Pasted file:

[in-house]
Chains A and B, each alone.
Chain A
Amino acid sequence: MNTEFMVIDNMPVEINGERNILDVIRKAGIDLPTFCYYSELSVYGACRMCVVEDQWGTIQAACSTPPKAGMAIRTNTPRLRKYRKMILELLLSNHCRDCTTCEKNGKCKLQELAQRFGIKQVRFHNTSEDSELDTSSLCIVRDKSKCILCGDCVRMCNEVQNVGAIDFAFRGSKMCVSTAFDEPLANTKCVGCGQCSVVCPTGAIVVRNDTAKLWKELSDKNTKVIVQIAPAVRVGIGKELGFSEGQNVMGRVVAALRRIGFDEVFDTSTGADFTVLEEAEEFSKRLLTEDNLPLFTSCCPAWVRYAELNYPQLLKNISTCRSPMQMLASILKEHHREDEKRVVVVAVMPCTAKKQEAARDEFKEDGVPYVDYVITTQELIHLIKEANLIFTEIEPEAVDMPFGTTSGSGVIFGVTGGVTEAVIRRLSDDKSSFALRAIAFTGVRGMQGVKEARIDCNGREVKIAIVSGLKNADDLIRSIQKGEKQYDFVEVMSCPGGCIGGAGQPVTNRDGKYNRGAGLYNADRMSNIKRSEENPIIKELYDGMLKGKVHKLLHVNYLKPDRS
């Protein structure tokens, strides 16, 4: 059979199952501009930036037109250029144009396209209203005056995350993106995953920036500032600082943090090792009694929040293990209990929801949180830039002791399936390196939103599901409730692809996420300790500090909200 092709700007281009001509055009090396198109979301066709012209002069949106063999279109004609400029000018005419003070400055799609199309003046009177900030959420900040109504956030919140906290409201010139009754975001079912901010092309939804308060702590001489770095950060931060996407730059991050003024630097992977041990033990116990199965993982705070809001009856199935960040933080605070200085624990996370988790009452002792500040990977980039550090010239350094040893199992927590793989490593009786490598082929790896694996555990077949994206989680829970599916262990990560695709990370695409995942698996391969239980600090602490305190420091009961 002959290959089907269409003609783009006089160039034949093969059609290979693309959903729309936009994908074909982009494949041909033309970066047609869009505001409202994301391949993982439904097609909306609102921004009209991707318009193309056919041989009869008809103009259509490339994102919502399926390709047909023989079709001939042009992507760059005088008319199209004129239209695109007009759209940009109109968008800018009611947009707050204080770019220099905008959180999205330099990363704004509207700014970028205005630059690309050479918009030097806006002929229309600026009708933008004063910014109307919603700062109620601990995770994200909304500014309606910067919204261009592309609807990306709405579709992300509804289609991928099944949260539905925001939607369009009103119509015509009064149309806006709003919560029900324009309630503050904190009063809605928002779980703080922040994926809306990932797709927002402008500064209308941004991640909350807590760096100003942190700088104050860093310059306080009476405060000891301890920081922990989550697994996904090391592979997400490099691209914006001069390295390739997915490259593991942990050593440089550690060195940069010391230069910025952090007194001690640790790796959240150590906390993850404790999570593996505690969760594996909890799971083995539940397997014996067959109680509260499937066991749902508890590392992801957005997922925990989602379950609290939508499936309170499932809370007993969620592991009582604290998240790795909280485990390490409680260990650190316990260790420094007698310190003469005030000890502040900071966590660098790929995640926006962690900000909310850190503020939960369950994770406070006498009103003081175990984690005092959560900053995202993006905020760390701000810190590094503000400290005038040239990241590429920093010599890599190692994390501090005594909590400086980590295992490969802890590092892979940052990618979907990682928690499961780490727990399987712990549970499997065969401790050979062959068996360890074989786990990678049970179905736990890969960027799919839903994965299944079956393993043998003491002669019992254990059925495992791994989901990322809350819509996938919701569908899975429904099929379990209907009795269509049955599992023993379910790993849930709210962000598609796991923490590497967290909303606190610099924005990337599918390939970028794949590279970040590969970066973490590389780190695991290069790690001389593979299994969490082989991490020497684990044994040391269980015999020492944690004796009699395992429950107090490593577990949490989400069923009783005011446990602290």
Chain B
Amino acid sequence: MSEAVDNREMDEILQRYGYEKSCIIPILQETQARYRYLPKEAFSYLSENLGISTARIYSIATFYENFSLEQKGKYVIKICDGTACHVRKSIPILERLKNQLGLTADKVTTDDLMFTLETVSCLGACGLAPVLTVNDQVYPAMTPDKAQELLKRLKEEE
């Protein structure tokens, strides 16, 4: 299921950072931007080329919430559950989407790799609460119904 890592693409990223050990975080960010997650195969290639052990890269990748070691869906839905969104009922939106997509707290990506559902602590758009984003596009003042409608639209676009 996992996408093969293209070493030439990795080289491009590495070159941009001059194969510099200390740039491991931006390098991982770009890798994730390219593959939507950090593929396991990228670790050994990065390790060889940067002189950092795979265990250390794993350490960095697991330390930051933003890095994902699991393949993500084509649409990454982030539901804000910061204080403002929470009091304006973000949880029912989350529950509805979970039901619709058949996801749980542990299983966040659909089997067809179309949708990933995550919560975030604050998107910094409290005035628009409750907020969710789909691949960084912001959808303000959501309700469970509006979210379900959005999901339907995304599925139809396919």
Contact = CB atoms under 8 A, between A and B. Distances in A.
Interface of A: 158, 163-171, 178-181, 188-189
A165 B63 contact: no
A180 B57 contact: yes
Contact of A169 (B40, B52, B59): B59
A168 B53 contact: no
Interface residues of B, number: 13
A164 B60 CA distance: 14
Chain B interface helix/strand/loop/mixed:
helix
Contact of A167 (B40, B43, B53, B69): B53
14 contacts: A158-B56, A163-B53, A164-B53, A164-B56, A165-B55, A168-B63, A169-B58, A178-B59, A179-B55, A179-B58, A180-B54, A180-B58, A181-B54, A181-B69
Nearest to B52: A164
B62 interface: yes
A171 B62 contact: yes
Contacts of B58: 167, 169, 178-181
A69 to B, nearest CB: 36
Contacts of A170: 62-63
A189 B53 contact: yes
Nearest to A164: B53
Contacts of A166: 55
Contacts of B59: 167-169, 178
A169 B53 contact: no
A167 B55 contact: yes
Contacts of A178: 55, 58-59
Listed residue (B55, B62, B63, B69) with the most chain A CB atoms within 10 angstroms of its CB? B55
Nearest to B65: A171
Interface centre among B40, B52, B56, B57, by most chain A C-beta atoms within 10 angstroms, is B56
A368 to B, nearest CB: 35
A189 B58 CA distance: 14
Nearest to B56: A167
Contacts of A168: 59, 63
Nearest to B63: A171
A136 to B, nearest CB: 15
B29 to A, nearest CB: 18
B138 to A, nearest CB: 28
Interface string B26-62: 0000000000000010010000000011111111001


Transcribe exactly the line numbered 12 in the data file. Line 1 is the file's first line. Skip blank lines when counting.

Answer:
A180 B57 contact: yes